Special Issue "Discoveries in Sequencing Data Analysis"

A special issue of Genes (ISSN 2073-4425). This special issue belongs to the section "Bioinformatics".

Deadline for manuscript submissions: 20 May 2022.

Special Issue Editors

Dr. Yuanyan Xiong
E-Mail Website
Guest Editor
School of Life Sciences, Sun Yat Sen University, Guangzhou, China
Interests: bioinformatics; high-throughput sequencing
Dr. Mengbiao Guo
E-Mail
Guest Editor
School of Life Sciences, Sun Yat Sen University, Guangzhou, China
Interests: cancer biology; bioinformatics; multi-omics; autoimmune

Special Issue Information

Dear Colleagues,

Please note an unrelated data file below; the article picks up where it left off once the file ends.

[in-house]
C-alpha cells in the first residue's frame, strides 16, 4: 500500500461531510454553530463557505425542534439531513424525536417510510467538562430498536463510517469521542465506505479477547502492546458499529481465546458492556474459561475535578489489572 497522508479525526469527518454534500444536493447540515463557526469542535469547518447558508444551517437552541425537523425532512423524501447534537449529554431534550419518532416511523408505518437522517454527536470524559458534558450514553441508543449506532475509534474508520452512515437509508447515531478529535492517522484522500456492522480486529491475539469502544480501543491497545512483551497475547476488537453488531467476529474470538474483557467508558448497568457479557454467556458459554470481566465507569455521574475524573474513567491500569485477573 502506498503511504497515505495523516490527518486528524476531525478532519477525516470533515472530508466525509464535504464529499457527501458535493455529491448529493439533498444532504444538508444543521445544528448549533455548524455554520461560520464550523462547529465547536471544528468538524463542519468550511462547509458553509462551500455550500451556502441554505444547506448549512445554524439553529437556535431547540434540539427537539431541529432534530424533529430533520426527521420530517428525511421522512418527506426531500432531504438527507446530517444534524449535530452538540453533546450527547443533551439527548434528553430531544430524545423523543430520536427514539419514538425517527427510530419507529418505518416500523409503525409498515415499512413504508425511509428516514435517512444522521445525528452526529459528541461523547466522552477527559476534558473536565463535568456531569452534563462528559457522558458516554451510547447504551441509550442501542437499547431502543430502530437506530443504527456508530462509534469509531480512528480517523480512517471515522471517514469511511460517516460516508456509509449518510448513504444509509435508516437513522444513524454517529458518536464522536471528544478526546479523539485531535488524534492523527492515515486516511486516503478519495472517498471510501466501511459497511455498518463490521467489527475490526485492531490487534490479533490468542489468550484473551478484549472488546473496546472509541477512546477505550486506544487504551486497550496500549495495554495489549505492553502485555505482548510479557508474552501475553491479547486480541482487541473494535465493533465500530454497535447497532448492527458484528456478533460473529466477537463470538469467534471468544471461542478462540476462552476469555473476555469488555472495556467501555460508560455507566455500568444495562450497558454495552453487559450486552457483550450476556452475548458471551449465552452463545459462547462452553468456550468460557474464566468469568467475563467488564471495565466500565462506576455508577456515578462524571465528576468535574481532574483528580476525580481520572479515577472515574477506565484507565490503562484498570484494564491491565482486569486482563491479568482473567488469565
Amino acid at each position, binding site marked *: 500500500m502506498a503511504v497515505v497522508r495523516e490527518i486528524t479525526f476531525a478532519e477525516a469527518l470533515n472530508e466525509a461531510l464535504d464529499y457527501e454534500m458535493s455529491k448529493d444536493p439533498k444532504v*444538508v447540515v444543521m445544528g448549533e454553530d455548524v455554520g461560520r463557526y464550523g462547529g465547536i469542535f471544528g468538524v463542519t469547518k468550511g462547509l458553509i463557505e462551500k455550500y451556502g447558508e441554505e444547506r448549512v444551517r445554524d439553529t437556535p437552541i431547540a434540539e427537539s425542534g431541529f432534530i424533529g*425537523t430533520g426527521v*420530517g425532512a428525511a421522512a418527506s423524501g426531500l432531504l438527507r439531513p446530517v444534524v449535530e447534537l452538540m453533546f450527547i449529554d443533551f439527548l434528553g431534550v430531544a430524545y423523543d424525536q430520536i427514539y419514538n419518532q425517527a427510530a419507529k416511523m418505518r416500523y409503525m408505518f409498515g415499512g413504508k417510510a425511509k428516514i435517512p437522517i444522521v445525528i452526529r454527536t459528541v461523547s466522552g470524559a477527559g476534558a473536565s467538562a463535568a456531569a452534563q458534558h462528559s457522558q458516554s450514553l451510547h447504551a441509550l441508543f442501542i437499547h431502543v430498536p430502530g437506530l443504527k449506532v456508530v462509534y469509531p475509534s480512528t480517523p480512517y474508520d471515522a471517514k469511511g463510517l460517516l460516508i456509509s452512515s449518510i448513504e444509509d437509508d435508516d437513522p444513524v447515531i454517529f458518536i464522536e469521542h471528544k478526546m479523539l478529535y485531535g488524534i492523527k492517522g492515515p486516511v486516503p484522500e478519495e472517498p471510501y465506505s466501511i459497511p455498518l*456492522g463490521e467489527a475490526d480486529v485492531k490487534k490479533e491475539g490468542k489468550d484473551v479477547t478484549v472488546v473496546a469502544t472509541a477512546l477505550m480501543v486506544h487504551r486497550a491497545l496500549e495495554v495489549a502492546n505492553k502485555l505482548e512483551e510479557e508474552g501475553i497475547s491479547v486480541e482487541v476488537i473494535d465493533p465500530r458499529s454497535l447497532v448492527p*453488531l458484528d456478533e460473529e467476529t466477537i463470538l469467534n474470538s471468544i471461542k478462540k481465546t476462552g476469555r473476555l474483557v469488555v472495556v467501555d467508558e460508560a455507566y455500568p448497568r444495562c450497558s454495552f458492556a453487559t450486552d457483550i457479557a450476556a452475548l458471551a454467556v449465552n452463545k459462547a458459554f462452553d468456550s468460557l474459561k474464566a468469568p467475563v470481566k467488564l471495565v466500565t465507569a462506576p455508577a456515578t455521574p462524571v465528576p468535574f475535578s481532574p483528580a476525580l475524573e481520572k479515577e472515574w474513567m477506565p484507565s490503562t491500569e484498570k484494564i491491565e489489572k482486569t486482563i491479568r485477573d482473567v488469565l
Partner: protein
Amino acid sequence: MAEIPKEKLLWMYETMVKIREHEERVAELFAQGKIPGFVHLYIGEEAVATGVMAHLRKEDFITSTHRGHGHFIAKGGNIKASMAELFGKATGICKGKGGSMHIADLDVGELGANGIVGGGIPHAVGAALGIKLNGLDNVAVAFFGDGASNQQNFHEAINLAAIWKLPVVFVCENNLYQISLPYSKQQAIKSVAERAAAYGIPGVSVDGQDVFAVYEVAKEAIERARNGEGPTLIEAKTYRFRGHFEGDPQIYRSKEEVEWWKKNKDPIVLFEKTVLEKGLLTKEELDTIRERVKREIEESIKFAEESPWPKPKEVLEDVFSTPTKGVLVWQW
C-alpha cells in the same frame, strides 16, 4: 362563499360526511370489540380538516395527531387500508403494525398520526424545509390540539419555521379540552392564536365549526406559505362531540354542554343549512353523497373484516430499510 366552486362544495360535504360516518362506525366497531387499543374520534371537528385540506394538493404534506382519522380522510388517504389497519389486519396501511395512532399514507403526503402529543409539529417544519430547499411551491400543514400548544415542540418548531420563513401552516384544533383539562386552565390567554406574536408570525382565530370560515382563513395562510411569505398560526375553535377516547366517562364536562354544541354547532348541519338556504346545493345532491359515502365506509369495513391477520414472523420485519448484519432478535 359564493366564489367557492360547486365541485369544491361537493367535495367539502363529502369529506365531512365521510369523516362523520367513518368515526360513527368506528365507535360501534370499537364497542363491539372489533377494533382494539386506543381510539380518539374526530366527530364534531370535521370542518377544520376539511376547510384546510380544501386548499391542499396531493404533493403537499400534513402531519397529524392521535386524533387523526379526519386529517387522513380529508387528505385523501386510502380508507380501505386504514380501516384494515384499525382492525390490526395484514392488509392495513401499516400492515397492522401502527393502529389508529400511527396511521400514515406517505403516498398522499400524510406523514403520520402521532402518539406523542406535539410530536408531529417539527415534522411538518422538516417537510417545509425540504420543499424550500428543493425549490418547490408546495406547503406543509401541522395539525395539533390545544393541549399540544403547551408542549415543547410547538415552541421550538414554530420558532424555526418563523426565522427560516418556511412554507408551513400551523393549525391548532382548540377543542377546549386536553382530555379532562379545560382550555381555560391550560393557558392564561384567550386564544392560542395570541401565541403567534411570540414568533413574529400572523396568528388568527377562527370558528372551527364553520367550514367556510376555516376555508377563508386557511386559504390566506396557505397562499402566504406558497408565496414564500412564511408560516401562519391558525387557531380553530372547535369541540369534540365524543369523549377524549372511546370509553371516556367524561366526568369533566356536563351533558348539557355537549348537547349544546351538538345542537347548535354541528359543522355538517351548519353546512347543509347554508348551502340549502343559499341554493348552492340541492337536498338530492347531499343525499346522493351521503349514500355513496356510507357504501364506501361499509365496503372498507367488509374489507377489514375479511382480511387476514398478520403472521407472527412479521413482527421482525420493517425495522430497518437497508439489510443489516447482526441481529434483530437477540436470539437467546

High-throughput sequencing has been widely used in functional genomics studies and has revolutionized biological sciences. It enables researchers to perform a wide range of investigations and to study biological systems at an unprecedented level, as exemplified by large international research projects, including The Cancer Genome Atlas (TCGA) and Genotype-Tissue Expression project (GTEx), which provided comprehensive multi-omics sequencing datasets for research by scientists across the world. Analysis of sequencing data converts sequence information into meaningful knowledge and insights, which involves algorithm development, annotation or cataloguing information, multi-omics data integration, biomarker and drug target discovery, and disease diagnosis and drug response prediction. Whole transcriptome sequencing (RNA-seq), for example, provides sequence information about coding and multiple noncoding forms of RNA to assess variations and gene expression levels across the entire genome. Varied information can be obtained from RNA-seq, including gene expression levels, alternative splicing (AS), alternative polyadenylation (APA), gene fusion, and RNA editing. For genome or exome sequencing, nucleotide polymorphisms and structural variations, in addition to telomere variations, can be identified to uncover driver genomic events. Furthermore, single-cell RNA or DNA sequencing (scRNA- or scDNA-seq) has dramatically improved our understanding of biology in every aspect. Novel discoveries in sequencing data analysis are critical to pinpoint the key players in pathological conditions, especially for cancer and other age-related diseases.